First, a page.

The Nativity

The earliest and most well-known event depicted in the stained glass windows is the birth of Christ, which is located on the west wall near the sanctuary. Since the Middle Ages artists have memorialized the Christmas story in the visual arts and thus we would expect to find it represented in the Chapel. The stained glass artist produced a unique and touching portrayal at the manger that not only makes visible before our eyes that night long ago when God became man but also hints in clever ways to other Biblical moments.
The Gospel of Luke tells us the most about how Mary and her husband Joseph traveled to Bethlehem to be enrolled in the census. When they arrived in Bethlehem there was “no room at the in.” and the only place for shelter was a stable. Mary gave birth and the only place to lay her son was a manger—an animal’s feeding bowl! Meanwhile, an angel of the Lord appeared to shepherds guarding flocks in a nearby field and proclaimed to them the quotes accompanying the image. At the top of the window the angel says, “Glory to God in the highest; and peace to men of good will.” (Luke 2: 14)  At the bottom he continues, “For this day is born to us a savior who is Christ the Lord.” (Luke 1: 11) Hearing these extraordinary words, the shepherds go in haste to Bethlehem, where they find the couple with their infant son in humble surroundings.
In the window, a youthful, sweet-faced Virgin Mary lovingly gazes upon the newborn she holds in her lap. Behind her, a much older St. Joseph looks concernedly down upon his adopted son. The baby Jesus does not return his parents’ gazes but rather looks intently at the young shepherd before him. Dressed in skins and rustic clothing, the signs of his profession, and with his hat in his hand, the young man kneels before the baby Jesus. With his facial features and hands he expresses both amazement and adoration. Next to him, an elderly man, a woman (identified by her headdress) and a boy holding a sheep look on at the miraculous scene before them. The manger—which appears more like a basket—with  the corner of a blanket falling over the side on the Virgin’s proper left suggests that young mother has just taken her son out of it to present him to the visitors.
The depiction of the shepherds here is rather odd in the tradition of Christian art. Though the Evangelist does not indicate the shepherds’ gender, artists typically portray them as male, perhaps because of their act of watching over sheep late at night in isolate spots. Our artist may have included a woman as well as individuals of varying ages to reflect the diverse visitors and families that come to the Chapel. The shepherd family certainly makes a fitting counterpart to the Holy Family. Moreover, artists rarely show the shepherds on bent knee before the Christ child, preferring to save this visual device for the Magi. Instead, they tend to depict the shepherds as either just arriving in the doorway or peering through the windows. The lack of an image of the adoration of the Magi at St. John’s might have prompted the artist to render the shepherds in poses of adoration.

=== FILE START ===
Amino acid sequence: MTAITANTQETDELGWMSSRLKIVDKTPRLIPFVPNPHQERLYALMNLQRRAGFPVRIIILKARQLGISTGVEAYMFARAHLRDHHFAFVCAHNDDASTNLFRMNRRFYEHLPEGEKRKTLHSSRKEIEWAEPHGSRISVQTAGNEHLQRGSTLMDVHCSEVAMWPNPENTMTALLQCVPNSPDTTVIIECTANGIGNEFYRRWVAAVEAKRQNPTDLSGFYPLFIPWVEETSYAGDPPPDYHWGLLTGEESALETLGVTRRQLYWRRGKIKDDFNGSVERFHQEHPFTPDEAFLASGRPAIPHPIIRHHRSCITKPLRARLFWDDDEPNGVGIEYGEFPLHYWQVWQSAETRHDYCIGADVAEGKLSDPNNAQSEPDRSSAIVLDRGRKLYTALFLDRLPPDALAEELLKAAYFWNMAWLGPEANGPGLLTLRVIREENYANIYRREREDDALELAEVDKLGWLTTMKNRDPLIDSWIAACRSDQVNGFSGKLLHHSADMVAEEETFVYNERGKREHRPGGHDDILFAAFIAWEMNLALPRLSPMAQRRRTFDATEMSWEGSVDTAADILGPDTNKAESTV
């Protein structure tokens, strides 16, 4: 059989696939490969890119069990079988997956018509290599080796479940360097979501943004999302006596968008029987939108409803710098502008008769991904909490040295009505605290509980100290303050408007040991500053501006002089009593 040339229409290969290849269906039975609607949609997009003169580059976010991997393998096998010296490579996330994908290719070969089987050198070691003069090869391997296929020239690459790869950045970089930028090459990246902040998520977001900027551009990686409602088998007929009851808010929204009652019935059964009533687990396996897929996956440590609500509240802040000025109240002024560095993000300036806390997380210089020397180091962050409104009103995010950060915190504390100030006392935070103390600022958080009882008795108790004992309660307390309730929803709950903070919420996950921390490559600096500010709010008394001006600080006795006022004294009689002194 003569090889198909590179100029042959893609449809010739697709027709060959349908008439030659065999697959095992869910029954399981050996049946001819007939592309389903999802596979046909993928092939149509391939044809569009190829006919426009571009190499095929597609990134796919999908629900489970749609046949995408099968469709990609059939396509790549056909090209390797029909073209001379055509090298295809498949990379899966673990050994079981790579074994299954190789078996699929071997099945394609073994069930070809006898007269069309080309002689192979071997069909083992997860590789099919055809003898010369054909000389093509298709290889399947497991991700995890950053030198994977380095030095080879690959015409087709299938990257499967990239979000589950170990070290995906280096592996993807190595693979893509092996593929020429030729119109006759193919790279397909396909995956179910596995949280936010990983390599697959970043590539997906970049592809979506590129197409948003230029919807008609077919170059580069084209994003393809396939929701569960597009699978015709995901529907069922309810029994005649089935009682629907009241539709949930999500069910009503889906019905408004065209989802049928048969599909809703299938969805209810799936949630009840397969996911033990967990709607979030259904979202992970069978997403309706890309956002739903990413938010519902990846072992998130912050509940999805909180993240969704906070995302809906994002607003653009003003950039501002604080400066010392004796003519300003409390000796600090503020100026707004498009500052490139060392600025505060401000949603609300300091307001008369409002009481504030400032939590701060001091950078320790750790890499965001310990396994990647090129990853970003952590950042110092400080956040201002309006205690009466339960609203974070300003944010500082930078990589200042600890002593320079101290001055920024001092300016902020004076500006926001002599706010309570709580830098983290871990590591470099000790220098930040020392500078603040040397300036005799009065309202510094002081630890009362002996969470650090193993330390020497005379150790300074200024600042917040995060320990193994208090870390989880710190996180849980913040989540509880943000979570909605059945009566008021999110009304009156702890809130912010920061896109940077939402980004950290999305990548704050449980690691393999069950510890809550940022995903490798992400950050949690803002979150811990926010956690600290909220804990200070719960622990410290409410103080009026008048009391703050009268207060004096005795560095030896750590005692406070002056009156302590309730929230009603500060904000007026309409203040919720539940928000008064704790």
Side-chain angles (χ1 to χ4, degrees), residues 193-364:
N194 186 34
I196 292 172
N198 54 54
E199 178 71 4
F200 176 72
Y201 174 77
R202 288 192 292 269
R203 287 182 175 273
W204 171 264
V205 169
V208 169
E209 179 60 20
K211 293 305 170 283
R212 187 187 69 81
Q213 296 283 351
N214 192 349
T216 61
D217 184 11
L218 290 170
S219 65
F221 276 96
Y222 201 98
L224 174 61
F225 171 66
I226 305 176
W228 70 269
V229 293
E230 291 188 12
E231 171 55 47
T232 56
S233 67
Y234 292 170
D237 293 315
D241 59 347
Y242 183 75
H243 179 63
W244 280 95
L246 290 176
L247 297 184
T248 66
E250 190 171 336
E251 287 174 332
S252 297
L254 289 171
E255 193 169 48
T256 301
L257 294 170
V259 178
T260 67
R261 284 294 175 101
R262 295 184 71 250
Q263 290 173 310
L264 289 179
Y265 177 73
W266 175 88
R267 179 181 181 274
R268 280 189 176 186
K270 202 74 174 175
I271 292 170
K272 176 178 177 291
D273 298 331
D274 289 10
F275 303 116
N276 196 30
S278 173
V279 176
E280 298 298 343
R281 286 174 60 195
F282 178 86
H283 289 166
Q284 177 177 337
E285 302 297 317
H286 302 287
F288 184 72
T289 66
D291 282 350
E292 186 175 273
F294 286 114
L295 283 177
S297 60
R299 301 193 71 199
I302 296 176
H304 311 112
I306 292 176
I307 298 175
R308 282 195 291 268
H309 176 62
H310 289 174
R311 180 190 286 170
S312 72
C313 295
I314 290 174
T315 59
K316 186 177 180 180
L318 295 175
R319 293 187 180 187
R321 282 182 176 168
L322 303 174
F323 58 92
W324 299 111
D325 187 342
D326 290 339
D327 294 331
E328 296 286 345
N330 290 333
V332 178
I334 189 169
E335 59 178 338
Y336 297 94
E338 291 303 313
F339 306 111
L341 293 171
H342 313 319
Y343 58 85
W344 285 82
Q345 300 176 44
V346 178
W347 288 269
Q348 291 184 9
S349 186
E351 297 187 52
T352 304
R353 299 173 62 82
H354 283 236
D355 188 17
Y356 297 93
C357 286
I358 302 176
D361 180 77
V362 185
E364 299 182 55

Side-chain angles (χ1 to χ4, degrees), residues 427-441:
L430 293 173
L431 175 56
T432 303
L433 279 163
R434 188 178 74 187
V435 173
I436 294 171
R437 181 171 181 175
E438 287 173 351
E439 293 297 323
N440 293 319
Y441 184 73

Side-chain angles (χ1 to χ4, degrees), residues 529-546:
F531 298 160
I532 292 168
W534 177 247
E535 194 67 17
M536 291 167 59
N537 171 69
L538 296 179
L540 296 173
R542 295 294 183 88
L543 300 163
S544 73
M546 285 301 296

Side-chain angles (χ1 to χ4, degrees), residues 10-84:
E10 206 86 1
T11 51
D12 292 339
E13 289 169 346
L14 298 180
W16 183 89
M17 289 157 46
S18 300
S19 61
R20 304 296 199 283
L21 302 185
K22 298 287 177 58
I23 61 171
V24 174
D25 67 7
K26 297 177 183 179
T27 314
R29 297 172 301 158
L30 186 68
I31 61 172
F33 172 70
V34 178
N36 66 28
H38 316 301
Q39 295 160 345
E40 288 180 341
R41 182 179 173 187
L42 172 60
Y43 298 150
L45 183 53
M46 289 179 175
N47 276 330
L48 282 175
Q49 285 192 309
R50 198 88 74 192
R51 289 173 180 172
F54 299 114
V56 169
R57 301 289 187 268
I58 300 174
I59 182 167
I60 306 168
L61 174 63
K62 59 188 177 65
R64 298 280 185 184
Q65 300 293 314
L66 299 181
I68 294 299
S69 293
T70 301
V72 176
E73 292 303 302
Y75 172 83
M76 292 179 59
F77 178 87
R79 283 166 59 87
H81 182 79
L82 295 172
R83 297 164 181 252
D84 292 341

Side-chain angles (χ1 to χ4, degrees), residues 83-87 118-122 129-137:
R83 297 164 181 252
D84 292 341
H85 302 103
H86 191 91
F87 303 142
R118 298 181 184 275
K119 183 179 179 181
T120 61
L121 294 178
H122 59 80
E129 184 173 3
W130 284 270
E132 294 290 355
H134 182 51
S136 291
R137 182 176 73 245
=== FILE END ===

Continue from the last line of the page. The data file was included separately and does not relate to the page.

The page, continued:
Another unusual feature of the window is Mary’s gesture of lifting a corner of the blanket upon which Jesus sits. The strangeness of her hand movement prompts us to wonder if there is more to it than a doting mother’s attempt to make her baby comfortable. The artist seems to want us to ponder more deeply the relationship of the mother and child. Using the cloth as a key, we can easily read the figure of Jesus both as a baby upon his mother’s lap as well as the Eucharist upon the altar, with the blanket as the altar cloth. This interpretation is buttressed by the scene’s location near the sanctuary where daily the bread and wine become the body and blood of Christ. Pushing the interpretation further we can interpret the baby Jesus as the bridegroom come to dwell in the Church (Mary).
The location of the image in the sanctuary near the high altar also implies a correspondence between the shepherds and congregation: the shepherds who meet the incarnate Savior in the window are similar to the faithful who encounter him in the Eucharist on the steps below. Certainly they provide role models for how the congregation should act in the presence of the Lord.
The window’s scene transpires in front of an abbreviated architectural setting that is little more than a backdrop to the action. The artist has included only those elements necessary to denote a stable: a cart with hay, wall, overhang and column.  The placement of the event outside, rather than inside the manger, as told by the Gospels, is consistent with artistic practice. Since the late Middle Ages artists have generally situated the birth of Jesus either outside of the stable or in the doorway leading to the sacred space. One reason for this visual strategy might be the medieval practice of hosting religious plays—known as Mystery Plays—on the front steps of churches. Another reason might be to make viewers feel as though they are participating in the event, as if it is happening just outside the church window at a neighboring building. Some details in the window could be read symbolically. The column above Joseph and Mary might be interpreted as an allusion to the miraculous nature of Jesus’ birth. The thirteenth-century Franciscan friar known today as the Pseudo-Bonaventure in his Meditationes, an exposition on the life of Christ, likens Mary to a column because she did not feel pain while giving birth. Based on this and related texts, artists often include a column in nativity scenes. The nearness of the column to Mary suggests that it is more than an architectural feature and is perhaps a symbol. The colors worn by Mary could also be read symbolically: the white head scarf could denote her virginity and dark blue robe could signal her inevitable sorrow at the crucifixion, the event pictured in the adjacent window.